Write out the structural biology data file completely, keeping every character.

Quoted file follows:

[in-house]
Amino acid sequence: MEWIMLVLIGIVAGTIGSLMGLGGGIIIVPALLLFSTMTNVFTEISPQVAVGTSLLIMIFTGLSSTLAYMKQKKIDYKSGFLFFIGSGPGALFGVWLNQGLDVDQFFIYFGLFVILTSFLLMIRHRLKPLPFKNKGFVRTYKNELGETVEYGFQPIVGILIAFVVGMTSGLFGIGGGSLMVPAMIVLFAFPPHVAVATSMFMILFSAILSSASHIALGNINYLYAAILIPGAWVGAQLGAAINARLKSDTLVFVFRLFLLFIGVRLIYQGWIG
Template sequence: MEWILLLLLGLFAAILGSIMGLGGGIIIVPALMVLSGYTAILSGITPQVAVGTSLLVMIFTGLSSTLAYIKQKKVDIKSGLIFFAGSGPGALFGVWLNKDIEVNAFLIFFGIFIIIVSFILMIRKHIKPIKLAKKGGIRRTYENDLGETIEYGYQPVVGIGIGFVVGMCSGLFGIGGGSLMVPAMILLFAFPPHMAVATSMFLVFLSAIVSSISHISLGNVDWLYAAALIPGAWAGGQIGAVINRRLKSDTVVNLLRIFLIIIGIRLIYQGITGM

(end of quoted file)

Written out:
[in-house]
Amino acid sequence: MEWIMLVLIGIVAGTIGSLMGLGGGIIIVPALLLFSTMTNVFTEISPQVAVGTSLLIMIFTGLSSTLAYMKQKKIDYKSGFLFFIGSGPGALFGVWLNQGLDVDQFFIYFGLFVILTSFLLMIRHRLKPLPFKNKGFVRTYKNELGETVEYGFQPIVGILIAFVVGMTSGLFGIGGGSLMVPAMIVLFAFPPHVAVATSMFMILFSAILSSASHIALGNINYLYAAILIPGAWVGAQLGAAINARLKSDTLVFVFRLFLLFIGVRLIYQGWIG
Template sequence: MEWILLLLLGLFAAILGSIMGLGGGIIIVPALMVLSGYTAILSGITPQVAVGTSLLVMIFTGLSSTLAYIKQKKVDIKSGLIFFAGSGPGALFGVWLNKDIEVNAFLIFFGIFIIIVSFILMIRKHIKPIKLAKKGGIRRTYENDLGETIEYGYQPVVGIGIGFVVGMCSGLFGIGGGSLMVPAMILLFAFPPHMAVATSMFLVFLSAIVSSISHISLGNVDWLYAAALIPGAWAGGQIGAVINRRLKSDTVVNLLRIFLIIIGIRLIYQGITGM